Matter: Template

This sample demonstrates a minimal implementation of the Matter application layer. This basic implementation enables the commissioning on the device, which allows it to join a Matter network built on top of a low-power, 802.15.4 Thread network or on top of a Wi-Fi network. Support for both Thread and Wi-Fi is mutually exclusive and depends on the hardware platform, so only one protocol can be supported for a specific Matter device. In case of Thread, this device works as a Thread Minimal End Device.

Use this sample as a reference for developing your own application. See the Adding clusters to Matter application page for an overview of the process you need to follow.



All Matter samples in the nRF Connect SDK v2.2.0 that offer Wi-Fi support have been tested using the nRF7002 DK (PCA10143) rev. A and are built with rev. A support by default. You can configure Matter samples to use rev. B by setting the CONFIG_NRF700X_REV_A Kconfig option to n. Make sure that you build the samples for the revision of the nRF7002 DK that you are using.

The sample supports the following development kits:

Hardware platforms


Board name

Build target

nRF7002 DK




nRF5340 DK




nRF52840 DK




nRF21540 DK




For testing purposes, that is to commission the device and control it remotely through a Thread network, you also need a Matter controller device configured on PC or smartphone. This requires additional hardware depending on the setup you choose.


Matter requires the GN tool. If you are updating from the nRF Connect SDK version earlier than v1.5.0, see the GN installation instructions.

IPv6 network support

The development kits for this sample offer the following IPv6 network support for Matter:

  • Matter over Thread is supported for nrf52840dk_nrf52840, nrf5340dk_nrf5340_cpuapp, and nrf21540dk_nrf52840.

  • Matter over Wi-Fi is supported for nrf5340dk_nrf5340_cpuapp with the nrf7002_ek shield attached or for nrf7002dk_nrf5340_cpuapp.


The sample starts the Bluetooth® LE advertising automatically and prepares the Matter device for commissioning into a Matter-enabled Thread network. The sample uses an LED to show the state of the connection. You can press a button to start the factory reset when needed.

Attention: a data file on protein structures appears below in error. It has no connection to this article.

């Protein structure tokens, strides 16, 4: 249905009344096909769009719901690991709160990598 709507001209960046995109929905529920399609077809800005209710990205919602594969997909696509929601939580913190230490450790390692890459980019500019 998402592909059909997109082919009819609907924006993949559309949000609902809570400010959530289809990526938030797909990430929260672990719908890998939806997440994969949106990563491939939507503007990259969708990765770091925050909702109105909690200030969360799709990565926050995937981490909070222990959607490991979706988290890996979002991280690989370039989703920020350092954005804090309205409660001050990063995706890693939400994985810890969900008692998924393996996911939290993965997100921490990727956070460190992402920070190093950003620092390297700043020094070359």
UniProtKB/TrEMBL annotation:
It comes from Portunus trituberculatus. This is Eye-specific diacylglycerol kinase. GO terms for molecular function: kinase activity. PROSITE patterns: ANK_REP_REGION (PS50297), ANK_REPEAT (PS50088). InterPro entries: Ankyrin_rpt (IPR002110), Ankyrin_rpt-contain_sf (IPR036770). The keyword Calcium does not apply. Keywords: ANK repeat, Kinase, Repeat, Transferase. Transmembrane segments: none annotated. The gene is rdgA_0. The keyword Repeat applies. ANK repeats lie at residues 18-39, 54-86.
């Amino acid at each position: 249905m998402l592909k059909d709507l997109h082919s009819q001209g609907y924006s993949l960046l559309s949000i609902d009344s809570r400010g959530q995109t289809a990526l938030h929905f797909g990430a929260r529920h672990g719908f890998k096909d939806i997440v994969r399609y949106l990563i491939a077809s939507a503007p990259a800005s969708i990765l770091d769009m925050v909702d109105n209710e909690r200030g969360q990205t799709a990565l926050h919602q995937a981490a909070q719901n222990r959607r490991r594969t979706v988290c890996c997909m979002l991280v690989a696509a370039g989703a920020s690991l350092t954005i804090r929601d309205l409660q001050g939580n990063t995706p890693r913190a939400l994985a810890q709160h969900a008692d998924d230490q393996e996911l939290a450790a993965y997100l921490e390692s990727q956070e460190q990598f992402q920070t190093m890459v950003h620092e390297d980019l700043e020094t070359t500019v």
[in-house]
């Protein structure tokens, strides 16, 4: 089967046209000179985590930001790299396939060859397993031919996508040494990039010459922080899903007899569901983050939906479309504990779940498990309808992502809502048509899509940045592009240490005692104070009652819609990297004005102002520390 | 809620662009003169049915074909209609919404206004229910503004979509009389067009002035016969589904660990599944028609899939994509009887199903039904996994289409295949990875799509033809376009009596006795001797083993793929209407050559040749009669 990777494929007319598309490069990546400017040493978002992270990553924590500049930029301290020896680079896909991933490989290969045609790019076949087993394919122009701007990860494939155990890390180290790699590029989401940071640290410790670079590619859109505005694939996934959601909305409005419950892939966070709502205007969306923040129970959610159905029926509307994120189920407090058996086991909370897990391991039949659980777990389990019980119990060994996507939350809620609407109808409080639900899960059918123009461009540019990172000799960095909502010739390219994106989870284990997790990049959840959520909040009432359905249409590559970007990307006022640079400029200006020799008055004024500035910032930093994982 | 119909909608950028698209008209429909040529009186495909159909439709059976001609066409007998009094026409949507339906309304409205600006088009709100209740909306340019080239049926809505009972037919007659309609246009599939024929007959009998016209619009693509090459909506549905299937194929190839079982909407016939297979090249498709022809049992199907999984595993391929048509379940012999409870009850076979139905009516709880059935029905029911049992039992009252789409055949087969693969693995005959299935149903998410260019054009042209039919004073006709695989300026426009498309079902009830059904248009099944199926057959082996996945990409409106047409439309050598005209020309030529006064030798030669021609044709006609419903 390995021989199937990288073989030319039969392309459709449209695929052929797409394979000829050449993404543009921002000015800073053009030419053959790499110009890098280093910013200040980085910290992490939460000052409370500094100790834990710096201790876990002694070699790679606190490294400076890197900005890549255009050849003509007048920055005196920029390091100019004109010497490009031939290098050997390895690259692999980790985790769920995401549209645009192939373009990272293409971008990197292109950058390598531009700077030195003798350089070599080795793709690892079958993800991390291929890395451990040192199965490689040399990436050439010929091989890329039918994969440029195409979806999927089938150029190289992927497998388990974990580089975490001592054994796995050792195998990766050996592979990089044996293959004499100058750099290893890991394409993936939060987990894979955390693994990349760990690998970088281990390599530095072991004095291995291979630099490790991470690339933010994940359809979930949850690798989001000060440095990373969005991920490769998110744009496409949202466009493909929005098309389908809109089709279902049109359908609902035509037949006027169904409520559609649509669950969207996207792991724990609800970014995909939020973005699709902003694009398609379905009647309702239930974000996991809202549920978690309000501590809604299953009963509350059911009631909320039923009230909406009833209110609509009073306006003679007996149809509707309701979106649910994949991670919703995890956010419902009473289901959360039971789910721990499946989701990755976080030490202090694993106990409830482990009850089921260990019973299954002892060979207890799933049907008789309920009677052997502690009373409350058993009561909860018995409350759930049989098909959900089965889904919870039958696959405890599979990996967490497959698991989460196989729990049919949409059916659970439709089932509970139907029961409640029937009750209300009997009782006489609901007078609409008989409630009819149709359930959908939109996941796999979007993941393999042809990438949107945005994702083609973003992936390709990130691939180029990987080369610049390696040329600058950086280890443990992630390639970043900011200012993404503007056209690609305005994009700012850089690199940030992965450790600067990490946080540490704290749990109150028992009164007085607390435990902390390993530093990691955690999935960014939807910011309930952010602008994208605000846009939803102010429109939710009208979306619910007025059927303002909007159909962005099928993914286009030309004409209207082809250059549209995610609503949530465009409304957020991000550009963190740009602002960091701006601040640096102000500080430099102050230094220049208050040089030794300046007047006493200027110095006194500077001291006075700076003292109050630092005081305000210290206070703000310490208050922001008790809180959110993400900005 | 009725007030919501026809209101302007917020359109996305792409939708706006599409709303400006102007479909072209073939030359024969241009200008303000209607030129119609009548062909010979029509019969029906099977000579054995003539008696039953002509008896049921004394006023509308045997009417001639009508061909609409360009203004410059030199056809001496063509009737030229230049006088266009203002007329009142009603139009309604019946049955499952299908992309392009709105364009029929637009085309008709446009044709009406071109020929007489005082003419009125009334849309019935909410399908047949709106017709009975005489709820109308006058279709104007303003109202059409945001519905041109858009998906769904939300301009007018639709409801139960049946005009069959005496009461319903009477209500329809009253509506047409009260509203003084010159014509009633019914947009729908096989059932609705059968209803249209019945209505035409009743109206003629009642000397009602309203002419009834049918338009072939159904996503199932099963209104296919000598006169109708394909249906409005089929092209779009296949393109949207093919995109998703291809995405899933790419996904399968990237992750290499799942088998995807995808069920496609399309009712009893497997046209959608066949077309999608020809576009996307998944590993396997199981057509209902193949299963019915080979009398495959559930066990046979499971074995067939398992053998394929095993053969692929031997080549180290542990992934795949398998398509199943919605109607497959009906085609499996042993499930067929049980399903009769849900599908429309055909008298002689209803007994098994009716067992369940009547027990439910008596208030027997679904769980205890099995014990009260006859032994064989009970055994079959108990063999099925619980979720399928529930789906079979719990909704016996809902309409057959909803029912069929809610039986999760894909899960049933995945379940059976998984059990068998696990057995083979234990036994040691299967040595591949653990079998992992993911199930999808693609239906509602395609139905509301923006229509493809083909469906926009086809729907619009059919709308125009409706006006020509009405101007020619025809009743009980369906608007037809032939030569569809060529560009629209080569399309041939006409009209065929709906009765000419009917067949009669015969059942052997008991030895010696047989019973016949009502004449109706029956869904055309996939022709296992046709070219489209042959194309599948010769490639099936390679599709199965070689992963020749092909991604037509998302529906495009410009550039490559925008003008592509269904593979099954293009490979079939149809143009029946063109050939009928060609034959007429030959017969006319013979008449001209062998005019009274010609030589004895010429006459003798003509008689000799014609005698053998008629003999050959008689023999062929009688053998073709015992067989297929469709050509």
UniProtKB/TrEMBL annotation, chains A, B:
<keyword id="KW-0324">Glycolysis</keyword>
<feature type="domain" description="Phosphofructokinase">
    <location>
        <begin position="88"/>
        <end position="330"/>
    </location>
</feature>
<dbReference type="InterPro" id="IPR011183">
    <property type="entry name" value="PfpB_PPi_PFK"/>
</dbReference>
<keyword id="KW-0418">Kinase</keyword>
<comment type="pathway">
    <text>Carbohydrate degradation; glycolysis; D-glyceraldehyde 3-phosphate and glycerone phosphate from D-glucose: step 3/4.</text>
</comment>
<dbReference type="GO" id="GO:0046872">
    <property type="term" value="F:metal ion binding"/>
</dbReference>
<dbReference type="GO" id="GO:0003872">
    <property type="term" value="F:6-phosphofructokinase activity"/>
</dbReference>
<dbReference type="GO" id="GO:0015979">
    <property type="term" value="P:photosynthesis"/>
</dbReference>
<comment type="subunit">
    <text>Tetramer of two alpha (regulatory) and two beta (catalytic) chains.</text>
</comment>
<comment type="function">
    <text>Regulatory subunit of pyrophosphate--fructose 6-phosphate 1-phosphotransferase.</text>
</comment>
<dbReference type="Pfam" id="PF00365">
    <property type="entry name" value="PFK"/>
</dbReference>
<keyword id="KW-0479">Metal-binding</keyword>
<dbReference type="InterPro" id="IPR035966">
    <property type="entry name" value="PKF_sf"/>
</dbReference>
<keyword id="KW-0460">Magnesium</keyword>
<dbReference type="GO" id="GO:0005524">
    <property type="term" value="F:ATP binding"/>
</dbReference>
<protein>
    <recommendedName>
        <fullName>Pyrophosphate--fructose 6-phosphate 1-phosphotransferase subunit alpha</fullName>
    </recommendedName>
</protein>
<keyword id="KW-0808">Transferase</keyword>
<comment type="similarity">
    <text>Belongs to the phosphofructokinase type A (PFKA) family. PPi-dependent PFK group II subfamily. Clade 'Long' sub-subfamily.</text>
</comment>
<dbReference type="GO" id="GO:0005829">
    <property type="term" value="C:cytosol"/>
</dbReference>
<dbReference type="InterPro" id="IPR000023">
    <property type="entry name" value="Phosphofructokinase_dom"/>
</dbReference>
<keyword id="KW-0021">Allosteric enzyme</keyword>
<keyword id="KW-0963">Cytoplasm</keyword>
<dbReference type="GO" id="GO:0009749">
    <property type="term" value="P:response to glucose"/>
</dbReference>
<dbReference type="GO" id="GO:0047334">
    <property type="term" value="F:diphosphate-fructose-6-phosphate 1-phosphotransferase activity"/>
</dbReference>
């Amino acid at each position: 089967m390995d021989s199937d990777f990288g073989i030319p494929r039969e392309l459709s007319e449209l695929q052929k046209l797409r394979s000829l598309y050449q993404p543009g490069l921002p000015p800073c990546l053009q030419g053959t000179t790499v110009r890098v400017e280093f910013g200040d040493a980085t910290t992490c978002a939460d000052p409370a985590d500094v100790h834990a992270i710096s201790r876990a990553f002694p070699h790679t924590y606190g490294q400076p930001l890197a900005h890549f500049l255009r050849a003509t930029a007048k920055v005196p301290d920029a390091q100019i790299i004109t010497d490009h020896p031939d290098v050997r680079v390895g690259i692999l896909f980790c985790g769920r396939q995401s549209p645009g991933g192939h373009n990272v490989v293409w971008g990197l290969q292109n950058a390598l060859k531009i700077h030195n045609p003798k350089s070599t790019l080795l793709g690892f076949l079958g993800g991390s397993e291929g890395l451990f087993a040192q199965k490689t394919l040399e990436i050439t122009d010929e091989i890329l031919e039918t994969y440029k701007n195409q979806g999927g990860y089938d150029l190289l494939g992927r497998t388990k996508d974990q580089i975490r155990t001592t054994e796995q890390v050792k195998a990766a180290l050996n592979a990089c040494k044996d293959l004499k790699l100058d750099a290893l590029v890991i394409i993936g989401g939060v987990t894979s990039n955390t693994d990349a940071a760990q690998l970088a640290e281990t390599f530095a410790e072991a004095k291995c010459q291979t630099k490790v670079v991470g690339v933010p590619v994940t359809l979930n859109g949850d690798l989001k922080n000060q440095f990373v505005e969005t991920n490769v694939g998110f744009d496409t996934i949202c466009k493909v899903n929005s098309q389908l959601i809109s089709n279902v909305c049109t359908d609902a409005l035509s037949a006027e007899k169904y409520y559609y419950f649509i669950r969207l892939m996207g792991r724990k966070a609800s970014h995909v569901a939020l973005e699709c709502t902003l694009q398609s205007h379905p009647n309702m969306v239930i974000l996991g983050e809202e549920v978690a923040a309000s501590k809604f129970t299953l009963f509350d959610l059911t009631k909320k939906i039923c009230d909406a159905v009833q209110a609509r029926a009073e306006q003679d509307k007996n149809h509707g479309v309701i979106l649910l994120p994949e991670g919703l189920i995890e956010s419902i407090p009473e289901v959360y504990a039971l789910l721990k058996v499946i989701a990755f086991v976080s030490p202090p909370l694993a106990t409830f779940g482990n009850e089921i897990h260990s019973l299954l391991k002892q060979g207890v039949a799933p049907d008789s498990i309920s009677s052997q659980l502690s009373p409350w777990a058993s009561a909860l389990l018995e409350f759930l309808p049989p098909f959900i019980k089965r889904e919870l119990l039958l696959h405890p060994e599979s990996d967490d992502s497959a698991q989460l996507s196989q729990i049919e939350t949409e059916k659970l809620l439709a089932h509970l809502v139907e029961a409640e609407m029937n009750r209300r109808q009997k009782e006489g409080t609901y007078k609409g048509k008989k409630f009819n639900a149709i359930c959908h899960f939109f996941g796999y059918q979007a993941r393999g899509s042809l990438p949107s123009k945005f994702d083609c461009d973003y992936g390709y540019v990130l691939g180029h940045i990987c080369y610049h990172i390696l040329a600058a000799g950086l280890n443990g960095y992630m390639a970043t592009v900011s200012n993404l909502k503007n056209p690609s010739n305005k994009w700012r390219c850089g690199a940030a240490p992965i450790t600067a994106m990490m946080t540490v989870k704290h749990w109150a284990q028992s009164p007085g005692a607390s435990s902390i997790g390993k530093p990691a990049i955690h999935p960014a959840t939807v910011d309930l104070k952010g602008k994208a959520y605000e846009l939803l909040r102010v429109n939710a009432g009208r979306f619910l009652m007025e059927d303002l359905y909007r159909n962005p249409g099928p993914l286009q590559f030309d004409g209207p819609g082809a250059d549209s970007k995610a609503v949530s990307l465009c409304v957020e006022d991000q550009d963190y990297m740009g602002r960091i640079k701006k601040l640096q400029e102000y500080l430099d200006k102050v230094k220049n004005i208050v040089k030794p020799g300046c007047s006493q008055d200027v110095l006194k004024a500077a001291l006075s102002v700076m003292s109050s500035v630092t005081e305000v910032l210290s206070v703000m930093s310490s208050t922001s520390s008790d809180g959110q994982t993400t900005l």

Remote testing in a network

Testing in either a Matter-enabled Thread or a Wi-Fi network requires a Matter controller that you can configure on PC or mobile device. By default, the Matter accessory device has IPv6 networking disabled. You must pair the device with the Matter controller over Bluetooth® LE to get the configuration from the controller to use the device within a Thread or a Wi-Fi network. You can enable the controller after building and running the sample.

To pair the device, the controller must get the commissioning information from the Matter accessory device and provision the device into the network.

Commissioning in Matter

In Matter, the commissioning procedure takes place over Bluetooth LE between a Matter accessory device and the Matter controller, where the controller has the commissioner role. When the procedure has completed, the device is equipped with all information needed to securely operate in the Matter network.

During the last part of the commissioning procedure (the provisioning operation), the Matter controller sends the Thread or Wi-Fi network credentials to the Matter accessory device. As a result, the device can join the IPv6 network and communicate with other devices in the network.

To start the commissioning procedure, the controller must get the commissioning information from the Matter accessory device. The data payload includes the device discriminator and setup PIN code. The payload is encoded within a QR code, printed to the UART console.


See Configuring your application for information about how to permanently or temporarily change the configuration.

Matter template build types

The sample uses different configuration files depending on the supported features. Configuration files are provided for different build types and they are located in the application root directory.

The prj.conf file represents a debug build type. Other build types are covered by dedicated files with the build type added as a suffix to the prj part, as per the following list. For example, the release build type file name is prj_release.conf. If a board has other configuration files, for example associated with partition layout or child image configuration, these follow the same pattern.

When the CONF_FILE variable contains a single file and this file follows the naming pattern prj_<buildtype>.conf, then the build type will be inferred to be <buildtype>. The build type cannot be set explicitly. The <buildtype> can be any string, but it is common to use release and debug.